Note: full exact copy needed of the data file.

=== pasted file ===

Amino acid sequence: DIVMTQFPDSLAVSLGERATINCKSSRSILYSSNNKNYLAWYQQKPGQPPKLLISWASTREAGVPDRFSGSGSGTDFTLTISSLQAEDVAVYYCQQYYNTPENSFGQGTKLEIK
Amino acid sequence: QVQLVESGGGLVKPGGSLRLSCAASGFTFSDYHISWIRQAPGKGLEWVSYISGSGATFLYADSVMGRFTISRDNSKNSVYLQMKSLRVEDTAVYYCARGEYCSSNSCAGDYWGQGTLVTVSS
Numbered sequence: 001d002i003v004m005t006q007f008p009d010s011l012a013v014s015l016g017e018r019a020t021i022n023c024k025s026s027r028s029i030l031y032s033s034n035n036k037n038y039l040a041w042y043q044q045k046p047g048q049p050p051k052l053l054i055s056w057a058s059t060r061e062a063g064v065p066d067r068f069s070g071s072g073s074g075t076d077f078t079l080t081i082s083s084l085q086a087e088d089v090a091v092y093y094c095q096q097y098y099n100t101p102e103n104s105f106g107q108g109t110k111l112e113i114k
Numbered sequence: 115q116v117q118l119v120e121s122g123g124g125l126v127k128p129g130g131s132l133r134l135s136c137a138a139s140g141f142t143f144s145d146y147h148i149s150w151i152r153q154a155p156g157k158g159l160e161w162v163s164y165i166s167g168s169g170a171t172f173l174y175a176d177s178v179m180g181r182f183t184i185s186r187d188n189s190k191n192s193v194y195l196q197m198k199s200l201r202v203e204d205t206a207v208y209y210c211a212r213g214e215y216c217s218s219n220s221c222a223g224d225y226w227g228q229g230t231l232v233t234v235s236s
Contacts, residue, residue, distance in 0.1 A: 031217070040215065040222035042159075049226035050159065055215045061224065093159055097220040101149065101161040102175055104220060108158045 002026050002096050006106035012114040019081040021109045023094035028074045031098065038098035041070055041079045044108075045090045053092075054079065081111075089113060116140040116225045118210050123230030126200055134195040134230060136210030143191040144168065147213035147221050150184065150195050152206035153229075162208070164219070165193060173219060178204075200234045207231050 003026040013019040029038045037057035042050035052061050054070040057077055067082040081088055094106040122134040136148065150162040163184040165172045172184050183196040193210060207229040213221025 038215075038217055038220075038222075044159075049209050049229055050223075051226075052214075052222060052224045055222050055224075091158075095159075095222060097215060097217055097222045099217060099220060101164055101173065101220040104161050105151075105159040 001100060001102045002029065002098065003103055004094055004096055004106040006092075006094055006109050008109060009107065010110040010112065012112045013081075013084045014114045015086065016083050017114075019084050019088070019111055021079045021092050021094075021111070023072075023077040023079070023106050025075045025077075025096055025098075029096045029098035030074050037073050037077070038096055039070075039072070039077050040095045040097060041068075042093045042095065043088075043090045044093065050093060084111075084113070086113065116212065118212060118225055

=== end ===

Amino acid sequence: DIVMTQFPDSLAVSLGERATINCKSSRSILYSSNNKNYLAWYQQKPGQPPKLLISWASTREAGVPDRFSGSGSGTDFTLTISSLQAEDVAVYYCQQYYNTPENSFGQGTKLEIK
Amino acid sequence: QVQLVESGGGLVKPGGSLRLSCAASGFTFSDYHISWIRQAPGKGLEWVSYISGSGATFLYADSVMGRFTISRDNSKNSVYLQMKSLRVEDTAVYYCARGEYCSSNSCAGDYWGQGTLVTVSS
Numbered sequence: 001d002i003v004m005t006q007f008p009d010s011l012a013v014s015l016g017e018r019a020t021i022n023c024k025s026s027r028s029i030l031y032s033s034n035n036k037n038y039l040a041w042y043q044q045k046p047g048q049p050p051k052l053l054i055s056w057a058s059t060r061e062a063g064v065p066d067r068f069s070g071s072g073s074g075t076d077f078t079l080t081i082s083s084l085q086a087e088d089v090a091v092y093y094c095q096q097y098y099n100t101p102e103n104s105f106g107q108g109t110k111l112e113i114k
Numbered sequence: 115q116v117q118l119v120e121s122g123g124g125l126v127k128p129g130g131s132l133r134l135s136c137a138a139s140g141f142t143f144s145d146y147h148i149s150w151i152r153q154a155p156g157k158g159l160e161w162v163s164y165i166s167g168s169g170a171t172f173l174y175a176d177s178v179m180g181r182f183t184i185s186r187d188n189s190k191n192s193v194y195l196q197m198k199s200l201r202v203e204d205t206a207v208y209y210c211a212r213g214e215y216c217s218s219n220s221c222a223g224d225y226w227g228q229g230t231l232v233t234v235s236s
Contacts, residue, residue, distance in 0.1 A: 031217070040215065040222035042159075049226035050159065055215045061224065093159055097220040101149065101161040102175055104220060108158045 002026050002096050006106035012114040019081040021109045023094035028074045031098065038098035041070055041079045044108075045090045053092075054079065081111075089113060116140040116225045118210050123230030126200055134195040134230060136210030143191040144168065147213035147221050150184065150195050152206035153229075162208070164219070165193060173219060178204075200234045207231050 003026040013019040029038045037057035042050035052061050054070040057077055067082040081088055094106040122134040136148065150162040163184040165172045172184050183196040193210060207229040213221025 038215075038217055038220075038222075044159075049209050049229055050223075051226075052214075052222060052224045055222050055224075091158075095159075095222060097215060097217055097222045099217060099220060101164055101173065101220040104161050105151075105159040 001100060001102045002029065002098065003103055004094055004096055004106040006092075006094055006109050008109060009107065010110040010112065012112045013081075013084045014114045015086065016083050017114075019084050019088070019111055021079045021092050021094075021111070023072075023077040023079070023106050025075045025077075025096055025098075029096045029098035030074050037073050037077070038096055039070075039072070039077050040095045040097060041068075042093045042095065043088075043090045044093065050093060084111075084113070086113065116212065118212060118225055